Why has a writing prompt book by the name of 642 Things To Write About – designed to “get the creative juices flowing” – led the mayor of Hudson, Ohio to demand that a school’s board members “resign or be charged”?
What is 642 Things To Write About, and why is it in the news today?
Compiled by the San Francisco Writers Grotto, a creative community of writers and artists based in the Bay Area, 642 Things To Write About is a collection of, you guessed it, 642 “outrageous and witty writing prompts”.
It promises to “get the creative juices flowing in no time”. The collection includes prompts to write one’s own obituary, pen an ode to an onion and, apparently, to “write a sex scene you wouldn’t show your mom”.
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Until Monday this week, a high school in Hudson, Ohio was using the book in its senior College Credit Plus writing class.
However, at a school board meeting held on Monday, several parents expressed their grievances about the use of the book to educate their children.
642 Things To Write About controversy explained
Among the 600+ prompts in the book are some which Hudson City Schools Superintendent Phil Herman described as “inappropriate and offensive”.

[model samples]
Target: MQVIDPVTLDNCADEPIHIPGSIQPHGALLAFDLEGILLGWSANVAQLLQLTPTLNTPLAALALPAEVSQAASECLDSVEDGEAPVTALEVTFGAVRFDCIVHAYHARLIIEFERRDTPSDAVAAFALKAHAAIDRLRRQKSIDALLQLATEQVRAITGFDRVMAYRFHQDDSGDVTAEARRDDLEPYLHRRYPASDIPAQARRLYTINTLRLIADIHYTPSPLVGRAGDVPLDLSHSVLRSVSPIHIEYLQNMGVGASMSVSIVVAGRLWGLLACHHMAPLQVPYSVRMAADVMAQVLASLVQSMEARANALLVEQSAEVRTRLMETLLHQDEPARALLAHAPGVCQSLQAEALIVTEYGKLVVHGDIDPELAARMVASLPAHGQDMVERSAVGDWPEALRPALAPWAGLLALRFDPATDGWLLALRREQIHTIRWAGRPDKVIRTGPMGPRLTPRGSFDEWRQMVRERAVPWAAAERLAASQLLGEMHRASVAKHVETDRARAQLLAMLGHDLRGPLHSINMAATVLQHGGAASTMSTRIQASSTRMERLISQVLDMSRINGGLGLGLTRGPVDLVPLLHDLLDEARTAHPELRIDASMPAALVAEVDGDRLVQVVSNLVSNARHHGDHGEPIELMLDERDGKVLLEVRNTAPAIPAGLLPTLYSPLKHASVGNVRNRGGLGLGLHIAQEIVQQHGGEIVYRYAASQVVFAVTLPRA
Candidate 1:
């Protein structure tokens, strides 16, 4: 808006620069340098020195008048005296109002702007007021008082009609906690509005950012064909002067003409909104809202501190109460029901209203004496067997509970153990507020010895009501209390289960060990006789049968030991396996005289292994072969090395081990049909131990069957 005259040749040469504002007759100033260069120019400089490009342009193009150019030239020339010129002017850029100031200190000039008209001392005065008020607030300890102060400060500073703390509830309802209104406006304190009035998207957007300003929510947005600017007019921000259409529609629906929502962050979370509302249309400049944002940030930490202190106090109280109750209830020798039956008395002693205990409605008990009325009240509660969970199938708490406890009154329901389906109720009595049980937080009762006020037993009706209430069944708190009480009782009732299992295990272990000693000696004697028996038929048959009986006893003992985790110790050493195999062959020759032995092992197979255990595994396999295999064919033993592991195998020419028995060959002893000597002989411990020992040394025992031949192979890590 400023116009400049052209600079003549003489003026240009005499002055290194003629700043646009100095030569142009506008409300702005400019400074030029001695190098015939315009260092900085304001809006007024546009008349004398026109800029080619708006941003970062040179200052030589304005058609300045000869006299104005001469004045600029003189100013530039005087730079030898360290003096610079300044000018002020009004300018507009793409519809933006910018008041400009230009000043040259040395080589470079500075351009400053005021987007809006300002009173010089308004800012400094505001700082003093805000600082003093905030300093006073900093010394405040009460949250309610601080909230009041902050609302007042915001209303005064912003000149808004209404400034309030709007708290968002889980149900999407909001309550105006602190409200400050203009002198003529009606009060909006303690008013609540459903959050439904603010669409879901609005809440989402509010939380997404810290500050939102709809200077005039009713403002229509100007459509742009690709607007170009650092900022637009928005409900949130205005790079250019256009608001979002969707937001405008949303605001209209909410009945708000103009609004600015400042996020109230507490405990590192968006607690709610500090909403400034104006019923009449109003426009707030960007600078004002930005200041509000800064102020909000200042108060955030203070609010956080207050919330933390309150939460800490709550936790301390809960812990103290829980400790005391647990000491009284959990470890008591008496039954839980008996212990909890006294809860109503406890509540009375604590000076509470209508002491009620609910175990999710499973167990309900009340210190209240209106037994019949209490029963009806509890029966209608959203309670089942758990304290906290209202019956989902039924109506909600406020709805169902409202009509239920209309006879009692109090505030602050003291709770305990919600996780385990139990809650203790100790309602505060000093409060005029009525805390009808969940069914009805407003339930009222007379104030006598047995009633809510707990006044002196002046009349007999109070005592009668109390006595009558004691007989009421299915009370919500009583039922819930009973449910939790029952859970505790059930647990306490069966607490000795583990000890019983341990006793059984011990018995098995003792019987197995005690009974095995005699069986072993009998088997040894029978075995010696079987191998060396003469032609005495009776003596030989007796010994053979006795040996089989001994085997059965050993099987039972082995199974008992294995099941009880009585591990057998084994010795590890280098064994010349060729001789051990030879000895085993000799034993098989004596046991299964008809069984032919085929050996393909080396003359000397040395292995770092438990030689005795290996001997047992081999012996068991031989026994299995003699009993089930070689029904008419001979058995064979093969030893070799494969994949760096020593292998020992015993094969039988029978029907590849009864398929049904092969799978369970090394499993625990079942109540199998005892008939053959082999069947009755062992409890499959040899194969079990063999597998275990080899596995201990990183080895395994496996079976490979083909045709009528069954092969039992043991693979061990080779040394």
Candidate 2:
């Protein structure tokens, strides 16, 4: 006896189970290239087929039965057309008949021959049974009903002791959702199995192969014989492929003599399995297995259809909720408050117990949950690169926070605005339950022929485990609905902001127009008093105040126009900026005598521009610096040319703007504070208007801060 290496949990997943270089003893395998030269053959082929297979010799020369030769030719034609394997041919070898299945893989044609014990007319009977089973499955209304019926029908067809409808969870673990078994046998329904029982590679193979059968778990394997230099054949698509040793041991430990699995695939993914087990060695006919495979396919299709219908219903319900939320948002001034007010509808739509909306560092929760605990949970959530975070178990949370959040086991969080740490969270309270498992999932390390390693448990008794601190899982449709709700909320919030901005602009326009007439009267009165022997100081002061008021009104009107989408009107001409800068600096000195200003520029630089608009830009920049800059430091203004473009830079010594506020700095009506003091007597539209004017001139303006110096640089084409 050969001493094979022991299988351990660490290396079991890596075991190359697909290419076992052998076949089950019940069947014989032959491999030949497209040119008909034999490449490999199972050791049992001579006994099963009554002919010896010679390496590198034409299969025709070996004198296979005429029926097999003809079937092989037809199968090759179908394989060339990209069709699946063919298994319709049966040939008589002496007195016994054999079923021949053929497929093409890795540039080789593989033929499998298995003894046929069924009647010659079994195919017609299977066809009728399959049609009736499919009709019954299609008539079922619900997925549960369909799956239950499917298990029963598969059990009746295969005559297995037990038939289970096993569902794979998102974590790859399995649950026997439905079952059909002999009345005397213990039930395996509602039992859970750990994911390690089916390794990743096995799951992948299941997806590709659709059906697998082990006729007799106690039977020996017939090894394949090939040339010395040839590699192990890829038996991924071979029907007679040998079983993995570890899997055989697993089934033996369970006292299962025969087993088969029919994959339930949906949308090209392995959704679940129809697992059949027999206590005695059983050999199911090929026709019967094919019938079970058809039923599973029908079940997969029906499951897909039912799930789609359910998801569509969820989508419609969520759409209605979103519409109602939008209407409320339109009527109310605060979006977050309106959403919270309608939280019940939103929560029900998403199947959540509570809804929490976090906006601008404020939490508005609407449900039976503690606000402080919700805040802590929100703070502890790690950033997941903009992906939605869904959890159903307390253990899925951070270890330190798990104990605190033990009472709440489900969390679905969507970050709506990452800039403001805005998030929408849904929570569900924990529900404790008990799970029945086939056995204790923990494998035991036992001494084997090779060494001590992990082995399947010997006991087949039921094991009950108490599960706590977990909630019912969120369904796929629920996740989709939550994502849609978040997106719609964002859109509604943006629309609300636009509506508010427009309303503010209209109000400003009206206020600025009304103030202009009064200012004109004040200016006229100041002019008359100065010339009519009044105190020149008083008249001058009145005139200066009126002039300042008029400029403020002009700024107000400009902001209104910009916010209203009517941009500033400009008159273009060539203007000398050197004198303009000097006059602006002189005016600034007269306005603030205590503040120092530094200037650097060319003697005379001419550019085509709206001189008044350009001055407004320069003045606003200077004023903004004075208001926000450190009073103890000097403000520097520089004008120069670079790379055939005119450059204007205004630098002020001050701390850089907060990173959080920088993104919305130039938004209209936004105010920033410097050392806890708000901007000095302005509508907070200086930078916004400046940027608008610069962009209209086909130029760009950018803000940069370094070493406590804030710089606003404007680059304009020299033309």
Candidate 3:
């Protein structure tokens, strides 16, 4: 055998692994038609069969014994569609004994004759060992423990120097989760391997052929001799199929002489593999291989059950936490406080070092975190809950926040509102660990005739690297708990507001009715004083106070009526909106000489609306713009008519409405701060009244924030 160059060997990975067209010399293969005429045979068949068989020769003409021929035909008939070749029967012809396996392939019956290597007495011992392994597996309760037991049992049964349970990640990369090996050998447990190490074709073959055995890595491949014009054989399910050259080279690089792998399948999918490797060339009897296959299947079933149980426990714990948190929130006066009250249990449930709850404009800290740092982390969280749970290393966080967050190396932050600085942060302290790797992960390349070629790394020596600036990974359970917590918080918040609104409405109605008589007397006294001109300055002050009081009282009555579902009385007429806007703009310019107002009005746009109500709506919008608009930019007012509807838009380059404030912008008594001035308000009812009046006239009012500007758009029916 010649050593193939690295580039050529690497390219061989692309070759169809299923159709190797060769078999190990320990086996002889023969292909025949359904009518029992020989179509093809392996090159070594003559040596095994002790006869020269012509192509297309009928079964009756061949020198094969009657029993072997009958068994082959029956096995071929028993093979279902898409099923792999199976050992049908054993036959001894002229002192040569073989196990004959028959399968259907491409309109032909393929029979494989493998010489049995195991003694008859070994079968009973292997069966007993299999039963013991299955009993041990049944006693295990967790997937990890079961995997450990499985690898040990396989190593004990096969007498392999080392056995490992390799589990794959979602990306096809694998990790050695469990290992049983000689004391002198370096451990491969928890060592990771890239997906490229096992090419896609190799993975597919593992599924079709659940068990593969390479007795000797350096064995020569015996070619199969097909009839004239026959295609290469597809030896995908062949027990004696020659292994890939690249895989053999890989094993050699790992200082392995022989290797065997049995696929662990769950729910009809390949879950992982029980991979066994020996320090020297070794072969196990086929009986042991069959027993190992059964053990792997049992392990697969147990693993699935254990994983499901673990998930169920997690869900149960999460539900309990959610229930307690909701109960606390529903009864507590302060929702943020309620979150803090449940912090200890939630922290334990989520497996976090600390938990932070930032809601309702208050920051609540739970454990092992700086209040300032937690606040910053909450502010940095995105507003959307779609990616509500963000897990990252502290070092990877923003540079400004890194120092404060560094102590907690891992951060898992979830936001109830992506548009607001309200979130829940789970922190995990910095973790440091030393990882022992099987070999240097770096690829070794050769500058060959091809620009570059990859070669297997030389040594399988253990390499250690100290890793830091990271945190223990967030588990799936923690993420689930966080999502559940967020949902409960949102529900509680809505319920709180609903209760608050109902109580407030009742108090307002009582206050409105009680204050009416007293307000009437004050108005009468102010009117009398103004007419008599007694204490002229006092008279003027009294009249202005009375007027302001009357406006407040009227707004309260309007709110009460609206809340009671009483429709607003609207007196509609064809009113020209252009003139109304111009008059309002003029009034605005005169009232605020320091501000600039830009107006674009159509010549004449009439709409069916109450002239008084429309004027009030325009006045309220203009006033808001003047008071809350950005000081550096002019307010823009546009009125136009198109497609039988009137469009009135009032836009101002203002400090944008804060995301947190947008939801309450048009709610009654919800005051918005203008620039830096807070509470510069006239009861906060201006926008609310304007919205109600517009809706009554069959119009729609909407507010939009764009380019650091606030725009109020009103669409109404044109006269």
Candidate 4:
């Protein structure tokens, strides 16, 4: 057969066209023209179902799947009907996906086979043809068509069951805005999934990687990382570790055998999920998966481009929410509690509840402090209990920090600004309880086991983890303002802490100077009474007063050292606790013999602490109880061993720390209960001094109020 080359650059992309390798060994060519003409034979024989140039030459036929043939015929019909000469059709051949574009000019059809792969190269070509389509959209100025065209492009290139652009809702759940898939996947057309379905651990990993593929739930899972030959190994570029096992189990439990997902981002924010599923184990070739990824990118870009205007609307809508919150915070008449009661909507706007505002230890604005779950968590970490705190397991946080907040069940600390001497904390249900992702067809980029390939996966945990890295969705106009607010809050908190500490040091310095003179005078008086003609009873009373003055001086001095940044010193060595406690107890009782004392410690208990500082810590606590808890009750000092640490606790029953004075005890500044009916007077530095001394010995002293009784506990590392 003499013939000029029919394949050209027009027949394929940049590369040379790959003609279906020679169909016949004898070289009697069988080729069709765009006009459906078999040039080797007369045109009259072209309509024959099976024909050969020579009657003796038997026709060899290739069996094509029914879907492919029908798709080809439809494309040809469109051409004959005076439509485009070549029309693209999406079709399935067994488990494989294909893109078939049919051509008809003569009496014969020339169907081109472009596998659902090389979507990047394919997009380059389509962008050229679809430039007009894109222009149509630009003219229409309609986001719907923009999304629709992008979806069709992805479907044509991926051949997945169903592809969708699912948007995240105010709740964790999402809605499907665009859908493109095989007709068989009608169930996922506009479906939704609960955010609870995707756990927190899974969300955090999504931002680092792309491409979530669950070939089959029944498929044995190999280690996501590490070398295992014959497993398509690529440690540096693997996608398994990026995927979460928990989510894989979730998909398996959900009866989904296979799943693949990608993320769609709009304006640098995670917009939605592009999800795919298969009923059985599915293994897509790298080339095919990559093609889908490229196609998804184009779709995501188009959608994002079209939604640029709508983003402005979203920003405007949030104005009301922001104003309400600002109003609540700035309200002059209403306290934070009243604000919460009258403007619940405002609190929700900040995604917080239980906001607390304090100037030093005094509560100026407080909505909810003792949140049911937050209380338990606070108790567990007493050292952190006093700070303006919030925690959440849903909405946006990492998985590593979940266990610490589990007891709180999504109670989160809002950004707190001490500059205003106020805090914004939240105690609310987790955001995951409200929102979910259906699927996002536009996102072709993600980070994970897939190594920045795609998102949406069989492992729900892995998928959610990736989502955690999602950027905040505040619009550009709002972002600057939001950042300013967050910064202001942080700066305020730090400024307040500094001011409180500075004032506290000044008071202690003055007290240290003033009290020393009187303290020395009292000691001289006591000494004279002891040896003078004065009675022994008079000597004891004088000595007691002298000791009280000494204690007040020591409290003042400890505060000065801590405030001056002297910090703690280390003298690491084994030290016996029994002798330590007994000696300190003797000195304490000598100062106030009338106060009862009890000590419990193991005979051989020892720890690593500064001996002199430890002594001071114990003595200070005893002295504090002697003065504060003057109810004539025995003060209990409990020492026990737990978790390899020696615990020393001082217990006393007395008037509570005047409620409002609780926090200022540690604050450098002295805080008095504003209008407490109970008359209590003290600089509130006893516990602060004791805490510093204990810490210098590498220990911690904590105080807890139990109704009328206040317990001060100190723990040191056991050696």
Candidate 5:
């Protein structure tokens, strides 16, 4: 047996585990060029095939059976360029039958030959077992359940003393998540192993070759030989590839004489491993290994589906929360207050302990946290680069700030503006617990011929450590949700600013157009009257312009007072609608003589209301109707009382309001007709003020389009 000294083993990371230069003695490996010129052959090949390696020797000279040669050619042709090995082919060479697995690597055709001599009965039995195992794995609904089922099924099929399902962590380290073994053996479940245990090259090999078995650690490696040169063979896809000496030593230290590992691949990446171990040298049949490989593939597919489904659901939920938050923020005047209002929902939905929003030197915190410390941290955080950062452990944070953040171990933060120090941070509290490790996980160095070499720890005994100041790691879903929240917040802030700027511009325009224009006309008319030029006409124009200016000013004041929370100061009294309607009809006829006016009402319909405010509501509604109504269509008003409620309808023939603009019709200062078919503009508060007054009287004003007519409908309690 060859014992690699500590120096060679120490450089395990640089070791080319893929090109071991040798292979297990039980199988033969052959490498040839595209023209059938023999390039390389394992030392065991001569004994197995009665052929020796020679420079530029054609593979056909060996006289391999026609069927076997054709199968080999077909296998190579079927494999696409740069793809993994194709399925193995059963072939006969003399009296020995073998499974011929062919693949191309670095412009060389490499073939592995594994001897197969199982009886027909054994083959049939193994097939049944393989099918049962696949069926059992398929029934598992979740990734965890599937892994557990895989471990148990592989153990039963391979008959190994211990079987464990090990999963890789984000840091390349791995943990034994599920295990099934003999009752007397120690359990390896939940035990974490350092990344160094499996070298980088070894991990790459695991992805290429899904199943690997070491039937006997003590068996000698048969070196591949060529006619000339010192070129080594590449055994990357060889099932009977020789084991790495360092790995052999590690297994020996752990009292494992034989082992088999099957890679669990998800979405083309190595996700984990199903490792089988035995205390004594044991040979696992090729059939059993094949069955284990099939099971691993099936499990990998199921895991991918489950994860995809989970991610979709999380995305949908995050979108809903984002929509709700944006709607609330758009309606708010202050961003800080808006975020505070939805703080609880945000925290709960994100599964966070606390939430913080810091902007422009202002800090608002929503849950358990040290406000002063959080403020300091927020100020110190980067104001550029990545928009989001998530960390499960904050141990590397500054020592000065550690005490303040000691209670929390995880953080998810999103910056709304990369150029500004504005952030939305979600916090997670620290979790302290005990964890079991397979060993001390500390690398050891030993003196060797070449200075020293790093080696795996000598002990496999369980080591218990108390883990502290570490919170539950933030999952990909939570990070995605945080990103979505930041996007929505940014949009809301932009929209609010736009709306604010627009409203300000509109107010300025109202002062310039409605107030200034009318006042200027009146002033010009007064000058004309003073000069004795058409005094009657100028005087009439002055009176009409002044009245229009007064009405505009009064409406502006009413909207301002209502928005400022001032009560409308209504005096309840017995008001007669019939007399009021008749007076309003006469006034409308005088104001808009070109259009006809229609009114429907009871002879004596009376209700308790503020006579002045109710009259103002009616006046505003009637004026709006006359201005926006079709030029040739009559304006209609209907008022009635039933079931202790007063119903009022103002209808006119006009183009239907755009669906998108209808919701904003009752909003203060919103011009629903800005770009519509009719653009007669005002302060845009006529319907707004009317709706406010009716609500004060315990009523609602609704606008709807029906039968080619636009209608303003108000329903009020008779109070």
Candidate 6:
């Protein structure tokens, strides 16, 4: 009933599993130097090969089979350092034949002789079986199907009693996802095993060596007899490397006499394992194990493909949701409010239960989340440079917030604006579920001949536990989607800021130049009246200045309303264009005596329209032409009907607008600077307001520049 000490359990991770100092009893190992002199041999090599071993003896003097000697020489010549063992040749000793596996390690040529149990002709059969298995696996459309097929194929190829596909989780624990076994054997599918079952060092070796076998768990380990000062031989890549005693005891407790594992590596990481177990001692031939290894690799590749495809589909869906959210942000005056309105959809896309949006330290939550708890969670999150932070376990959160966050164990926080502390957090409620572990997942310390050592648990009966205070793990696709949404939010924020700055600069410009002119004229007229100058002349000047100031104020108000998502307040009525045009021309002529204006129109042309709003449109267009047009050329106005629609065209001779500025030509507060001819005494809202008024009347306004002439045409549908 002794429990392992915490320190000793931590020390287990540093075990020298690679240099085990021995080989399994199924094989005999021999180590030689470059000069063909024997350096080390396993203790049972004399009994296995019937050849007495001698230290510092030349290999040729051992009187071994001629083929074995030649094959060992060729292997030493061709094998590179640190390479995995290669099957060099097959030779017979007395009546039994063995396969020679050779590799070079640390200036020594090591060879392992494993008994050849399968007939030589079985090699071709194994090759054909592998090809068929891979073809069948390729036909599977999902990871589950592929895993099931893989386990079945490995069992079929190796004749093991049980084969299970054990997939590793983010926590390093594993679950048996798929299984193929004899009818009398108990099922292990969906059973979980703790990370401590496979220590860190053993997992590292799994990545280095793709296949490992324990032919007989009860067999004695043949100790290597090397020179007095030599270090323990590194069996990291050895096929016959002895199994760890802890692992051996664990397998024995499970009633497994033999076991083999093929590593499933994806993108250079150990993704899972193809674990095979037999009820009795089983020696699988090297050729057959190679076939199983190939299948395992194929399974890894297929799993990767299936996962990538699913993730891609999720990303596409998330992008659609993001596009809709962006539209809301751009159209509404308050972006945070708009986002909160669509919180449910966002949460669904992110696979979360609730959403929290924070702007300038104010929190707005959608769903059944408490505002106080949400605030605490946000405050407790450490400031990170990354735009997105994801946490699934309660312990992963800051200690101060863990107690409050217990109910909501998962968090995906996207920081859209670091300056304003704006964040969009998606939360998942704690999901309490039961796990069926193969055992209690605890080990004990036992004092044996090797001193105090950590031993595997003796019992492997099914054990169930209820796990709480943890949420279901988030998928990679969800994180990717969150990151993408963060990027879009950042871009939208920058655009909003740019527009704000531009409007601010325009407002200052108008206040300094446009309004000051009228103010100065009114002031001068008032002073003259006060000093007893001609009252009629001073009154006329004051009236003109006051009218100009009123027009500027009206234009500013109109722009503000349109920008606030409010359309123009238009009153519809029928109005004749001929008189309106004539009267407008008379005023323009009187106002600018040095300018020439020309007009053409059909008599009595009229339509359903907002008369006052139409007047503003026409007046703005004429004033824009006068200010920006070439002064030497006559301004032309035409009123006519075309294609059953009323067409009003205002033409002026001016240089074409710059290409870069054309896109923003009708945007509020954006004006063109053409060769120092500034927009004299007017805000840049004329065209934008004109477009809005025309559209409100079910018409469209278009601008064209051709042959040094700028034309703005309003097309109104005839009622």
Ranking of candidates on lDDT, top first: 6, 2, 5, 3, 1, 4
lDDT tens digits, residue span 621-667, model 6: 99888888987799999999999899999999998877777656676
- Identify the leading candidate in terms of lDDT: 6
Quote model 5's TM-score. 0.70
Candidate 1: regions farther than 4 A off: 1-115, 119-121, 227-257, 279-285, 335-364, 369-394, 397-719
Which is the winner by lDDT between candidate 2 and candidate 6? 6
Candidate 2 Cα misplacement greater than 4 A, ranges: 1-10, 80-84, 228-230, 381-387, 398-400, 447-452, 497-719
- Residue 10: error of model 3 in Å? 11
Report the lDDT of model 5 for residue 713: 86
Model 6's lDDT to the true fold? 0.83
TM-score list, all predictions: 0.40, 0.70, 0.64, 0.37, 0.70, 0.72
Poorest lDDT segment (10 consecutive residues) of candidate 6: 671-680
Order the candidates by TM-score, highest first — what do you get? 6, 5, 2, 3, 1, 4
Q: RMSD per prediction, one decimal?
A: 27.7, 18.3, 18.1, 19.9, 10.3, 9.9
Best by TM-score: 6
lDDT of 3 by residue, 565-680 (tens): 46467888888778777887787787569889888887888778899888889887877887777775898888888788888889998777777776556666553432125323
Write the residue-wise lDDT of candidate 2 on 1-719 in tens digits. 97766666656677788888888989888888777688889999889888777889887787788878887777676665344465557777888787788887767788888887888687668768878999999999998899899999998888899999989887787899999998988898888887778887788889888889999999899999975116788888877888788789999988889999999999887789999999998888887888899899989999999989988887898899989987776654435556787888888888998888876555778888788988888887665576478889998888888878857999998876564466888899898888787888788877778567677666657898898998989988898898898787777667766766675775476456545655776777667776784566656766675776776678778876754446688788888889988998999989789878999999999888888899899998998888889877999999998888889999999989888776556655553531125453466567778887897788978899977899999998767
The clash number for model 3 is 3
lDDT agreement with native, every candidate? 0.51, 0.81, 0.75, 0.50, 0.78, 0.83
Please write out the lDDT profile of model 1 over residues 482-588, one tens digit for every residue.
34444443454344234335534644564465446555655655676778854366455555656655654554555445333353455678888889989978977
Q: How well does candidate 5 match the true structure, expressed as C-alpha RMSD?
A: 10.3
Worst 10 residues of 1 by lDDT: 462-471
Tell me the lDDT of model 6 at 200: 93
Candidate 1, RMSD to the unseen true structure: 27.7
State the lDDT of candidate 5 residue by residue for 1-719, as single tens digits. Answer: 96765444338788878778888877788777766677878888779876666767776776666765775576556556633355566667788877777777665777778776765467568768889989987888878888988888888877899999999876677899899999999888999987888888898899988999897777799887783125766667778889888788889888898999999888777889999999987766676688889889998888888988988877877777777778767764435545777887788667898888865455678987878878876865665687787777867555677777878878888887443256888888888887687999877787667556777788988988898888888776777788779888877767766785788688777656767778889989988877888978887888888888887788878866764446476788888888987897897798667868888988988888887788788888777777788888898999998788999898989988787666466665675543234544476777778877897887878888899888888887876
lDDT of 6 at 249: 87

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One parent mentioned three of them during the meeting. “Write a sex scene you wouldn’t show your mom,” Ms Haven recounted to the school board.
“Rewrite the sex scene from above into one that you let your mom read. Describe your favourite part of a man’s body using only verbs.”
What did Hudson mayor Craig Shubert say at the school board meeting?
Hudson mayor Craig Shubert claimed that the writing prompts amounted to “child pornography”. However, he didn’t produce any evidence to support the claim.
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“So I’m going to give you a simple choice,” he threatened the members of the school board. “Either choose to resign from this board of education or you will be charged.”
None of the prompts were ever assigned as part of the class. None of the school’s board members has announced plans to resign.
Twitter reacts to the 642 Things controversy
Mayor Shubert’s statement was met with thunderous applause from the parents in attendance. Twitter’s reaction, however, has been characteristically irreverent. One user described it as “authoritarian cuckoo bananas”.
Another branded it “political theatre“. Several others have taken the opportunity to share their own experiences of writing creatively, while in high school, about the subjects deemed inappropriate by those in uproar following the 642 Things controversy.
One reports receiving an extra credit and having their work read aloud to the class, after writing about underage drinking. Another wrote the following:
Those hunting for a pdf of 642 Things To Write About may have to satisfy themselves with this list of 100 prompts from in the book.